Foreign Ministry blasts Ankara over claim to Imia sovereignty, cites three treaties
Greek sovereignty over Imia is clear and indisputable, in accordance with the 1923 Treaty of Lausanne, the Italian-Turkish accords of 1932, and the 1947 Treaty of Paris,” the Greek foreign ministry said in a statement.
The foreign ministry has issued a stern response to the Turkish foreign ministry’s claims of Turkish sovereignty over Imia, in which it stresses that “Greek sovereignty over Imia is clear and indisputable” and that international law absolutely guarantees the legal status in the Aegean.
“Even as the European Union is calling on Turkey to respect European law, Ankara answers with an announcement that provocatively undermines it. It is repeating a patently illegal position, ignoring the fact that the legal status of the Aegean is absolutely guaranteed by international law. Greek sovereignty over Imia is clear and indisputable, in accordance with the 1923 Treaty of Lausanne, the Italian-Turkish accords of 1932, and the 1947 Treaty of Paris,” the Greek foreign ministry said in a statement, noting that the European Commission’s criticism of Turkey in a country report issued yesterday has once again provoked irrational outbursts from Ankara.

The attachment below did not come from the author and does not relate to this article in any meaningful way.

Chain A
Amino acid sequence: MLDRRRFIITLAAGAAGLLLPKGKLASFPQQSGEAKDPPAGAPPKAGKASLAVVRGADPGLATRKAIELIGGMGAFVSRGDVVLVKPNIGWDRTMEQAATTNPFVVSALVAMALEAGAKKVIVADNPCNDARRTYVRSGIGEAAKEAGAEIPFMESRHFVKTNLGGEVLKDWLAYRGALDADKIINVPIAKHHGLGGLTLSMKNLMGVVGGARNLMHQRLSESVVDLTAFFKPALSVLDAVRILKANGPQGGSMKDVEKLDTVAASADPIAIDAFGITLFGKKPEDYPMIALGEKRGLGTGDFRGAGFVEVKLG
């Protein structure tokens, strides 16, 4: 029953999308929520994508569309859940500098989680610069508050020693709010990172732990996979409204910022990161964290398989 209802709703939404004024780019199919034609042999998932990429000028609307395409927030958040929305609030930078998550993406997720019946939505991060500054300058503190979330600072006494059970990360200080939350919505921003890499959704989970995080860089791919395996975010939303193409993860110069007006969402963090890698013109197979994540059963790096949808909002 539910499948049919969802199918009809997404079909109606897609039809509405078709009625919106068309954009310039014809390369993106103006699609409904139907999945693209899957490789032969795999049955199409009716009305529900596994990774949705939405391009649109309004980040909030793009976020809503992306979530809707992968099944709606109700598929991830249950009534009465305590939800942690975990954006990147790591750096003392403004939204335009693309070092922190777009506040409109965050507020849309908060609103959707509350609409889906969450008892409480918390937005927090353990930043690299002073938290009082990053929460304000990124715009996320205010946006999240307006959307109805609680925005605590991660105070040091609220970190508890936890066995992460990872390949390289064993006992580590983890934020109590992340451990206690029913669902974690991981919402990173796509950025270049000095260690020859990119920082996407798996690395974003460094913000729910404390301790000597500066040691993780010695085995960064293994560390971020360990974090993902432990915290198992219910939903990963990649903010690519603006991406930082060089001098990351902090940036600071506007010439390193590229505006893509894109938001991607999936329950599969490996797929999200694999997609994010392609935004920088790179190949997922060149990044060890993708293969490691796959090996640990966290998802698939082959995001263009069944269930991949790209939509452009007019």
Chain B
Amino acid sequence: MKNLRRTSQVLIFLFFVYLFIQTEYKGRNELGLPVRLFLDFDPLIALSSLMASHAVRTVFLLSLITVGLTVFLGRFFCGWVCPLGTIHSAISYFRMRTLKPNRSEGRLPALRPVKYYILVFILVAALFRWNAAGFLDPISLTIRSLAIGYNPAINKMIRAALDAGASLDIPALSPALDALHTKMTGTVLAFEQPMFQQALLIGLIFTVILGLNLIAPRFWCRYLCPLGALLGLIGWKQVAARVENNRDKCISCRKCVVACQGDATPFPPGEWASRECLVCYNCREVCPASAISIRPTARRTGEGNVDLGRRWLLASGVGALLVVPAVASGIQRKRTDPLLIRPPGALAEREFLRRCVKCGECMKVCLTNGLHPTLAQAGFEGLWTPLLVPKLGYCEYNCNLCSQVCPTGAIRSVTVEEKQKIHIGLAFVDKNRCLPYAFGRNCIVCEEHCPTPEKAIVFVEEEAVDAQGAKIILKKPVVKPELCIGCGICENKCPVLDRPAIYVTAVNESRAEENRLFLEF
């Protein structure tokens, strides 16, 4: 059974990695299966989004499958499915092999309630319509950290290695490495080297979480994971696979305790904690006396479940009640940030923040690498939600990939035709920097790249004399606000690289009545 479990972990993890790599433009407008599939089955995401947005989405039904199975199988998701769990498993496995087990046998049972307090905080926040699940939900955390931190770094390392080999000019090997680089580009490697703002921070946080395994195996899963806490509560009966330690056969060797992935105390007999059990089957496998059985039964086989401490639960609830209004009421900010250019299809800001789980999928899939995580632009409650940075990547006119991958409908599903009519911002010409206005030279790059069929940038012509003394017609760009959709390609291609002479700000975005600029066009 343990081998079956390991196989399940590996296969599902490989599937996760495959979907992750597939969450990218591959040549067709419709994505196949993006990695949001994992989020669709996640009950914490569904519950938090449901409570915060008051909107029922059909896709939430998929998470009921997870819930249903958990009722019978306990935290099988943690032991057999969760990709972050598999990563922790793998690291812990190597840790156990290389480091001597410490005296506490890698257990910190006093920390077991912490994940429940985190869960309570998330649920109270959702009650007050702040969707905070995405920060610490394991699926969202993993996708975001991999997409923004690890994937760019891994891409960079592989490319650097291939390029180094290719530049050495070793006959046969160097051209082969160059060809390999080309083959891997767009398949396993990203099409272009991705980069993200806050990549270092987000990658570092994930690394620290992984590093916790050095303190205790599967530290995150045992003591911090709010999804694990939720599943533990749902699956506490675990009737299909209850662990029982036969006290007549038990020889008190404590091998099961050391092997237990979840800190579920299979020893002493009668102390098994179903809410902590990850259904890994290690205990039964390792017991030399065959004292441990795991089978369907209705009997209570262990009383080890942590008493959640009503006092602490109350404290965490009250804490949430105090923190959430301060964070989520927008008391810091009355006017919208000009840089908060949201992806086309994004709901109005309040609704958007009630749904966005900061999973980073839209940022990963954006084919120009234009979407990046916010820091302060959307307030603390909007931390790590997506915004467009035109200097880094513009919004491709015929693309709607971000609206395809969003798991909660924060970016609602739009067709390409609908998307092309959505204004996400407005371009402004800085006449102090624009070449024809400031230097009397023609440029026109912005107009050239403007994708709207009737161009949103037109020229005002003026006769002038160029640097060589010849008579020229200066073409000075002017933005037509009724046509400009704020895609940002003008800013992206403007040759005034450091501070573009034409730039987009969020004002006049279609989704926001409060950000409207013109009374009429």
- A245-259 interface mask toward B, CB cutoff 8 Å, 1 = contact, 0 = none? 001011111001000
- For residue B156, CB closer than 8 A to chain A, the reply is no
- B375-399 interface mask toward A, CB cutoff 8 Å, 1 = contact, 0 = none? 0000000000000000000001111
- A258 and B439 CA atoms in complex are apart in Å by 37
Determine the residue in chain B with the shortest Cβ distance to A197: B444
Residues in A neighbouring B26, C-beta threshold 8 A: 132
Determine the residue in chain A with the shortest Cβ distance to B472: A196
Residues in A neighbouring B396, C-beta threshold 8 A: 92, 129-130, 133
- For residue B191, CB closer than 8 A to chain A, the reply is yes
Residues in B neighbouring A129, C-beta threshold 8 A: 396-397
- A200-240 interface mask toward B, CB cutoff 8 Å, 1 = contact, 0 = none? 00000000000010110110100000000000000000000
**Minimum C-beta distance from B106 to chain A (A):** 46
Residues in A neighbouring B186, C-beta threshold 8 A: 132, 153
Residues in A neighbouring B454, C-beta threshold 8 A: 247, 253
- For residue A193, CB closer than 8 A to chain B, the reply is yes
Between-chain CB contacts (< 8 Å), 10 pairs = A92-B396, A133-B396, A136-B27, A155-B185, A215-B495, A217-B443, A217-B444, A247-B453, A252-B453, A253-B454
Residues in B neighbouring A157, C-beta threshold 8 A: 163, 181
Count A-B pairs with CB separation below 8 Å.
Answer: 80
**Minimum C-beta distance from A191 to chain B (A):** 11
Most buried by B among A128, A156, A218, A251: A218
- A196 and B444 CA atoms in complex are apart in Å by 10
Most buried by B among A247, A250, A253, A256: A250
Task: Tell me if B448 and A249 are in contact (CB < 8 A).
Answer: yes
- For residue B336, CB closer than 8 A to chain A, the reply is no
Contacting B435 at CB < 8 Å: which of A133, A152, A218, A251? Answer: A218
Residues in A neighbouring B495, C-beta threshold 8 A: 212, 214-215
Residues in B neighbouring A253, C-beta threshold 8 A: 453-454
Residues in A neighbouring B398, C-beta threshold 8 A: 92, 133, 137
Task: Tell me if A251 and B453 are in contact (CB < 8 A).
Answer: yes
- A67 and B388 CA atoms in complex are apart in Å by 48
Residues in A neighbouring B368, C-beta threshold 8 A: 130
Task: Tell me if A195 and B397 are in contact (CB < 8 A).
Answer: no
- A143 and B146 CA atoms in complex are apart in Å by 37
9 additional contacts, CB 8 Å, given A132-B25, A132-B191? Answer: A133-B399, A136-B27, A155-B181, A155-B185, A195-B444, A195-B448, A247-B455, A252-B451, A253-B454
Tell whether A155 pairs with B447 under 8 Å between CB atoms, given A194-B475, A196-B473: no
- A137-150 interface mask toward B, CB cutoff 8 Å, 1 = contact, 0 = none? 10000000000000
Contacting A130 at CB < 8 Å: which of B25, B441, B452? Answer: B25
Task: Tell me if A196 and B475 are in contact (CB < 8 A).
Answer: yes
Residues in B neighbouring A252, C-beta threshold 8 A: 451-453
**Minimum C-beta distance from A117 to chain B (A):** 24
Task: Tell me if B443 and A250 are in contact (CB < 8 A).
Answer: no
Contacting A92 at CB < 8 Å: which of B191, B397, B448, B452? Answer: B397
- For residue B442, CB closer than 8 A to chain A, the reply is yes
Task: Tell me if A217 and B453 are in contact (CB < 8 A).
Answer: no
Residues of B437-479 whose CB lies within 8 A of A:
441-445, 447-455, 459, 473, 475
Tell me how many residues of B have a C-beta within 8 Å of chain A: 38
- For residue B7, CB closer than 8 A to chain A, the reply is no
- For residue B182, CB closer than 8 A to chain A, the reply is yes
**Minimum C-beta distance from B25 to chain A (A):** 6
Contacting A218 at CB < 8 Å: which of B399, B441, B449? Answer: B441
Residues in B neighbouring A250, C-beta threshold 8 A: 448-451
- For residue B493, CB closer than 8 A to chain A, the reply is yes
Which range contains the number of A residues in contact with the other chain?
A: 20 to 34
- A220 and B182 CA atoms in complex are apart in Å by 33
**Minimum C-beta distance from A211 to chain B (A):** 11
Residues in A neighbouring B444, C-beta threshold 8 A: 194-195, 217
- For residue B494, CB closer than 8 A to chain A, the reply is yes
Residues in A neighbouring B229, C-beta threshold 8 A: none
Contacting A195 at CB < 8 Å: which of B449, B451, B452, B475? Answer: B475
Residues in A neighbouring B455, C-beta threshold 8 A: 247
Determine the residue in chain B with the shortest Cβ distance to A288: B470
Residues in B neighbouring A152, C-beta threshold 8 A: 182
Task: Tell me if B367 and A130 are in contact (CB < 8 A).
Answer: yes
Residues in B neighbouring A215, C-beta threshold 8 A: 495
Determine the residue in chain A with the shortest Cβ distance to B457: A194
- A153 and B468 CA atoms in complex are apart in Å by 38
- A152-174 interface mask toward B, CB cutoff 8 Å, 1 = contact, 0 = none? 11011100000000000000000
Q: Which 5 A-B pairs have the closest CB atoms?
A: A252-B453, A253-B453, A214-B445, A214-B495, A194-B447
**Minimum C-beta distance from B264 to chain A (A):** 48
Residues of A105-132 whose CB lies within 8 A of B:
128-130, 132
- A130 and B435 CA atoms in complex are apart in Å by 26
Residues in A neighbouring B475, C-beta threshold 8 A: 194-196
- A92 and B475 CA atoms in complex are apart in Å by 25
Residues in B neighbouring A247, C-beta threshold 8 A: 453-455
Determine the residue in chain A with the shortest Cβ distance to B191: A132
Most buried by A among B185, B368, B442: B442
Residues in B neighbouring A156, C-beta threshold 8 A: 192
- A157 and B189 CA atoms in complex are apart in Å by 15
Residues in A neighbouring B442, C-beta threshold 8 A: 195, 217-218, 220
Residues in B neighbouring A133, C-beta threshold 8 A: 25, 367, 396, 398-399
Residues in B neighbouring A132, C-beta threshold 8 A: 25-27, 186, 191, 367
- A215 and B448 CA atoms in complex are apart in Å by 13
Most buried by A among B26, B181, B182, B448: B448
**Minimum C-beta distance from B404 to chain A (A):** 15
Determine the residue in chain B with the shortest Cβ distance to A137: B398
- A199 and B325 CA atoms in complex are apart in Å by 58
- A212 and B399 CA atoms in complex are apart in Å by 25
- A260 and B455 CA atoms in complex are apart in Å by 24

The Greek foreign ministry called on Turkey to utilise the observations in the Commission’s report as a useful tool of self-criticism, in order to improve its image in public opinion and in the international community.
“It is totally wrong and unacceptable that the EU is positioning itself as a competent arbitrator or a court and attempting to render a judgment under the pretence of “Union solidarity” with regard to the disputes related to sovereignty. The Kardak Rocks and their territorial waters and airspace above them are exclusively under Turkish sovereignty,” the Turkish foreign ministry stated yesterday in response to the European Commission’s 2018 Turkey Country Report and the Enlargement Strategy Paper
“The support given as “carte blanche” by the EU to member states in their disputes with third countries do not contribute to the resolution of those issues within the framework of good neighbourly relations and international law. Such a stance also contradicts the EU’s own values.”